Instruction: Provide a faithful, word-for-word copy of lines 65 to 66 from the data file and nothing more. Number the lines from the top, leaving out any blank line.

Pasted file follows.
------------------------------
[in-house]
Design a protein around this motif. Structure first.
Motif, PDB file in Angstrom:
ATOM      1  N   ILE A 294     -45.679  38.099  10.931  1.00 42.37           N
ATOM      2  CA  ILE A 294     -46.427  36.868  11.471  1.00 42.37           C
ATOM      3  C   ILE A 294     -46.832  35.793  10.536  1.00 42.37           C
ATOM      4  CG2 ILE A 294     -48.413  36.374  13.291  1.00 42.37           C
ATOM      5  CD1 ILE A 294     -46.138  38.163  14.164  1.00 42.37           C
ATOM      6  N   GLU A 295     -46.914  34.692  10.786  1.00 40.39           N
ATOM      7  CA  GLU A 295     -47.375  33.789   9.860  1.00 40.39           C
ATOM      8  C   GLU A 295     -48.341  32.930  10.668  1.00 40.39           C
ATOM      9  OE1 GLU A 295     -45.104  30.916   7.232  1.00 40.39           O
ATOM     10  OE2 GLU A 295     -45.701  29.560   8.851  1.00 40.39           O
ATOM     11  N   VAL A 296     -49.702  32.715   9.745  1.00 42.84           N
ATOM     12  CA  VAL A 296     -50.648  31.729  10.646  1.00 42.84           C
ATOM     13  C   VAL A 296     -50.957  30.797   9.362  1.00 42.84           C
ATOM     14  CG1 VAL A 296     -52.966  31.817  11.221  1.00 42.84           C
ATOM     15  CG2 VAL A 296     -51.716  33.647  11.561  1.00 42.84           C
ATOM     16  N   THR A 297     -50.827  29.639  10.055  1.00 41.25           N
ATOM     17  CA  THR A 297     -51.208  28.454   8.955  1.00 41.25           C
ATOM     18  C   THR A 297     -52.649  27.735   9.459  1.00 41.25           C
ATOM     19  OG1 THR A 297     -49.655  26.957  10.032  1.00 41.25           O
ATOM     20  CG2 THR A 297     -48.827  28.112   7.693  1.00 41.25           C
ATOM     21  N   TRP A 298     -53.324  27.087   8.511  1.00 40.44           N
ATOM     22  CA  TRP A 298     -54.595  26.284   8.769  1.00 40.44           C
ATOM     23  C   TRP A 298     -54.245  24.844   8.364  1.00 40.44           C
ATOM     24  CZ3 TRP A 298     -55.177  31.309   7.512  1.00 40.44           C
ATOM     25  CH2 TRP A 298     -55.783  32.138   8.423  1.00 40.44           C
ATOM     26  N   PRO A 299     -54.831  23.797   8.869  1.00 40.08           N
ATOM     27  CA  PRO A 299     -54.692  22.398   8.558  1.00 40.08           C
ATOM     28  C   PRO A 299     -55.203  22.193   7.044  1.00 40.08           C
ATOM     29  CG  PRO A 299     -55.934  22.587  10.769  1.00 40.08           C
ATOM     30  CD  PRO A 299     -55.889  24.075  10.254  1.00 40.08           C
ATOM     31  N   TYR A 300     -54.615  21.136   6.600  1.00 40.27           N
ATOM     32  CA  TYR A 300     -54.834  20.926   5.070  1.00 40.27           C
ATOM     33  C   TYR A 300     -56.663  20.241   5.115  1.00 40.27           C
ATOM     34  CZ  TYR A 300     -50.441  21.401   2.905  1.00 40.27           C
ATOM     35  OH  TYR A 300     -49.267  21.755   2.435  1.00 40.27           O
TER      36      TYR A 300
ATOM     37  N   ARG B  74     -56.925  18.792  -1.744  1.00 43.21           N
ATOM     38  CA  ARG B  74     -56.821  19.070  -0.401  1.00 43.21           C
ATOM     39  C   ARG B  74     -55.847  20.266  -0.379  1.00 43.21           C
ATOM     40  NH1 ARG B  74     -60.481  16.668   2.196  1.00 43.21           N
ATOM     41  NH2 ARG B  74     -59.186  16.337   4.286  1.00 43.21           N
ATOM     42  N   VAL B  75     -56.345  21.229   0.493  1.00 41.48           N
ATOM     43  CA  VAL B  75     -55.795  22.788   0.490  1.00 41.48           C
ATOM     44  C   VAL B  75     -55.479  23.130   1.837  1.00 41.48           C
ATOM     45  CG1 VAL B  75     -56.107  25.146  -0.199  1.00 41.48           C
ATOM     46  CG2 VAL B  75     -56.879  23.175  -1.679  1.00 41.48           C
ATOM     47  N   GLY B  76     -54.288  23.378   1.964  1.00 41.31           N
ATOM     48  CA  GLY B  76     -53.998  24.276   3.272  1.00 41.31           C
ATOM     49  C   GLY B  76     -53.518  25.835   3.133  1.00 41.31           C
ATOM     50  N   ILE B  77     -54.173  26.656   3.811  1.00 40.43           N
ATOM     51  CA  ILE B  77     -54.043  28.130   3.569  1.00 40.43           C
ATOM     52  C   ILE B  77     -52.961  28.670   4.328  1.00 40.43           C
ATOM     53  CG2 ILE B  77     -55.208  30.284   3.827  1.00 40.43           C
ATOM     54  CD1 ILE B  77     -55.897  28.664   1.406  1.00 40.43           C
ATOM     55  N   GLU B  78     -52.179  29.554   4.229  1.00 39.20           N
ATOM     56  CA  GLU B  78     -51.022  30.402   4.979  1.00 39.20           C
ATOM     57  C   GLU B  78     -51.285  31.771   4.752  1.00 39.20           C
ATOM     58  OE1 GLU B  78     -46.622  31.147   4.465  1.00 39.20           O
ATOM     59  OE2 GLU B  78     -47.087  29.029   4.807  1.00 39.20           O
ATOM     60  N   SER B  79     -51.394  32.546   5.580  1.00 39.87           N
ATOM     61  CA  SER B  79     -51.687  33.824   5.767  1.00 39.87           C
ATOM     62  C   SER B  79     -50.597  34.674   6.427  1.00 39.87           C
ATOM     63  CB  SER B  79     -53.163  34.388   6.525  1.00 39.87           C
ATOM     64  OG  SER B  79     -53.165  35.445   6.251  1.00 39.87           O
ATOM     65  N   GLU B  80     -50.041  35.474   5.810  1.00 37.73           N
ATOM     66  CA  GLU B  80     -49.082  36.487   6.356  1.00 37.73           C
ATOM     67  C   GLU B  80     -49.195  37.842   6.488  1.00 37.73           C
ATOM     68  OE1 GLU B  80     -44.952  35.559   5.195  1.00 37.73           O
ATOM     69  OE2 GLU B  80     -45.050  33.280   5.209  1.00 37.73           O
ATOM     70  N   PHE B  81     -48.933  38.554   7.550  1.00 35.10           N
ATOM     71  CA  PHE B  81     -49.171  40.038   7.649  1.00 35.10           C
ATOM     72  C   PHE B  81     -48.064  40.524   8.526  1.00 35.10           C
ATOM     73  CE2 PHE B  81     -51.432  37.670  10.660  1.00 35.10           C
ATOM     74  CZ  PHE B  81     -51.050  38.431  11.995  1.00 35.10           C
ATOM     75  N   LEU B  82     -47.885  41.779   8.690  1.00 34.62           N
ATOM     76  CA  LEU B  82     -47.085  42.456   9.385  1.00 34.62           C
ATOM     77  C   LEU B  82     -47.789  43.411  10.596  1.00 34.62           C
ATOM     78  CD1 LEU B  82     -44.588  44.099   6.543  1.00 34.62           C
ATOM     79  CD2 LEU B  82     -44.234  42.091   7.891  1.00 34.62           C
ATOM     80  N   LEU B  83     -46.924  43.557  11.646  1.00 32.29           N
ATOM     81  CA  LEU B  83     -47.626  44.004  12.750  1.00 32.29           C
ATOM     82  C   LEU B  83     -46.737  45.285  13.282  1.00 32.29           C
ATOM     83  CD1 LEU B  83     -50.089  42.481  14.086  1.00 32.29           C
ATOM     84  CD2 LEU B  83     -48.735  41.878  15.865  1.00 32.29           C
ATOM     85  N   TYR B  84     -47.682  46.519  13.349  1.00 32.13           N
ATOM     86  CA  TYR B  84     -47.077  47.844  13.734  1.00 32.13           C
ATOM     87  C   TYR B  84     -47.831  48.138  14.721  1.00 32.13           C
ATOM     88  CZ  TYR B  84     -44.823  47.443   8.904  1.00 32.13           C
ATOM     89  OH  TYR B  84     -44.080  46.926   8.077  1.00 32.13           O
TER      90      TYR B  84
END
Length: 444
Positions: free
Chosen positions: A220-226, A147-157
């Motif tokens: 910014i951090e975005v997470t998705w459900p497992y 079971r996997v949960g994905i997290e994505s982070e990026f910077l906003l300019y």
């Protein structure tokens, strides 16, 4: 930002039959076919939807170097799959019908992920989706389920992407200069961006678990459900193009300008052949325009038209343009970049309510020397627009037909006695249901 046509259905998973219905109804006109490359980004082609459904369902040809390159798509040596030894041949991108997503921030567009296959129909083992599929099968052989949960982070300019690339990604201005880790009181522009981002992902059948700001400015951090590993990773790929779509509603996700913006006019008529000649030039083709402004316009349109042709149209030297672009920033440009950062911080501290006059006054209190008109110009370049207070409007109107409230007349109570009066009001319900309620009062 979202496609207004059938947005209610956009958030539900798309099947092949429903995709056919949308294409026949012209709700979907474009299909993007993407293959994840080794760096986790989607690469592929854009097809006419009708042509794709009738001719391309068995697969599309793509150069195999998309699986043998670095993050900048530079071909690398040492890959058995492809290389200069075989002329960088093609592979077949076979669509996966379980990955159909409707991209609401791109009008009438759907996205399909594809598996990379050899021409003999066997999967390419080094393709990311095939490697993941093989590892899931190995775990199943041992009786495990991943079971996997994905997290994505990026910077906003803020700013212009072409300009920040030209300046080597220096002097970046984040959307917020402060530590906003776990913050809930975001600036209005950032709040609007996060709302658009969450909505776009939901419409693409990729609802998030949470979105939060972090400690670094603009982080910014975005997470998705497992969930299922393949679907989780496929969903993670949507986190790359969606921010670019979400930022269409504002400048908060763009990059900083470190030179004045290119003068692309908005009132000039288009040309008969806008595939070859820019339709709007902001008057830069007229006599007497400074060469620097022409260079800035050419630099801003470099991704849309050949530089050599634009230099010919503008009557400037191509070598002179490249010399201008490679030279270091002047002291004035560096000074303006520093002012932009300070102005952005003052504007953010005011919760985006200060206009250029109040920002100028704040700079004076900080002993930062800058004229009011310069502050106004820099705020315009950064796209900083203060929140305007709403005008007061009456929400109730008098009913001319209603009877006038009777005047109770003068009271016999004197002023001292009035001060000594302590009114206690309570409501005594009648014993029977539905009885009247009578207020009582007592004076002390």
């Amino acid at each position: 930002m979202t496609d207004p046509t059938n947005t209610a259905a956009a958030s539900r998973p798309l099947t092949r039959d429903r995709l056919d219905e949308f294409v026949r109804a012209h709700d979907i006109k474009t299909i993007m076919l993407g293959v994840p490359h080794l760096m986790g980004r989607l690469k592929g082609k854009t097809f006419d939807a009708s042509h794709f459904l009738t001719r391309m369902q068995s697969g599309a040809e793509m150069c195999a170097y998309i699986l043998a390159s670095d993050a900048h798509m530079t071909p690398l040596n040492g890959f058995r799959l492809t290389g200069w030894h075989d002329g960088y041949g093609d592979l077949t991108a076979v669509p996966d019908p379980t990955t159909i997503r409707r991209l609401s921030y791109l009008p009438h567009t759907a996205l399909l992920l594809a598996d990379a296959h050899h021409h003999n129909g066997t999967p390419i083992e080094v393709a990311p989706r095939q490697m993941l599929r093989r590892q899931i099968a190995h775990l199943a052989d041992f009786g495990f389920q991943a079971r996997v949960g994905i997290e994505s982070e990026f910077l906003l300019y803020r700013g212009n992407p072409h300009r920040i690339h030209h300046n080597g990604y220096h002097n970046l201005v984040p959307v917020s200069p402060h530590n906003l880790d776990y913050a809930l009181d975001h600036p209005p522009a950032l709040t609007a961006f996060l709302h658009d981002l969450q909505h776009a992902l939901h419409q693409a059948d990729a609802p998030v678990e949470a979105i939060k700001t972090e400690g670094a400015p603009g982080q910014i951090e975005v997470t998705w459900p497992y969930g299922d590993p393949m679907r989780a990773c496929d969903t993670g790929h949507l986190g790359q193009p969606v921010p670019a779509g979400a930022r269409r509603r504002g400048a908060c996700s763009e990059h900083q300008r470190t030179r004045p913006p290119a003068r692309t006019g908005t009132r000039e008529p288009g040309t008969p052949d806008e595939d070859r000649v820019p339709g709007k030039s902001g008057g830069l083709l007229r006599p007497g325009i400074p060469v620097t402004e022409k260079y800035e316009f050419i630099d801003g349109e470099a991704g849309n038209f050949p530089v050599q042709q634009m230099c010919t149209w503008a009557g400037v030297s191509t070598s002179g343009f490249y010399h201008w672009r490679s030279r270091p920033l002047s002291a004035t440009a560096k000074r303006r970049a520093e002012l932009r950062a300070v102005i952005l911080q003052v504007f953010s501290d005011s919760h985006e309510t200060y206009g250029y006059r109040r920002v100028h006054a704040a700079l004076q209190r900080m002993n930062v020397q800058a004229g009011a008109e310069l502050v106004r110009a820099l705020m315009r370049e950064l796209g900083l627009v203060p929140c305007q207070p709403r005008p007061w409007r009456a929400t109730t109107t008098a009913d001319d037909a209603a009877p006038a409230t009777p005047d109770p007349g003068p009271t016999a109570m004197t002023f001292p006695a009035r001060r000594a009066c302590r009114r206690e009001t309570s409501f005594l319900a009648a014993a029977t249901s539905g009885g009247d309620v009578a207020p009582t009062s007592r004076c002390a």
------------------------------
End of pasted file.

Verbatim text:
ATOM     62  C   SER B  79     -50.597  34.674   6.427  1.00 39.87           C
ATOM     63  CB  SER B  79     -53.163  34.388   6.525  1.00 39.87           C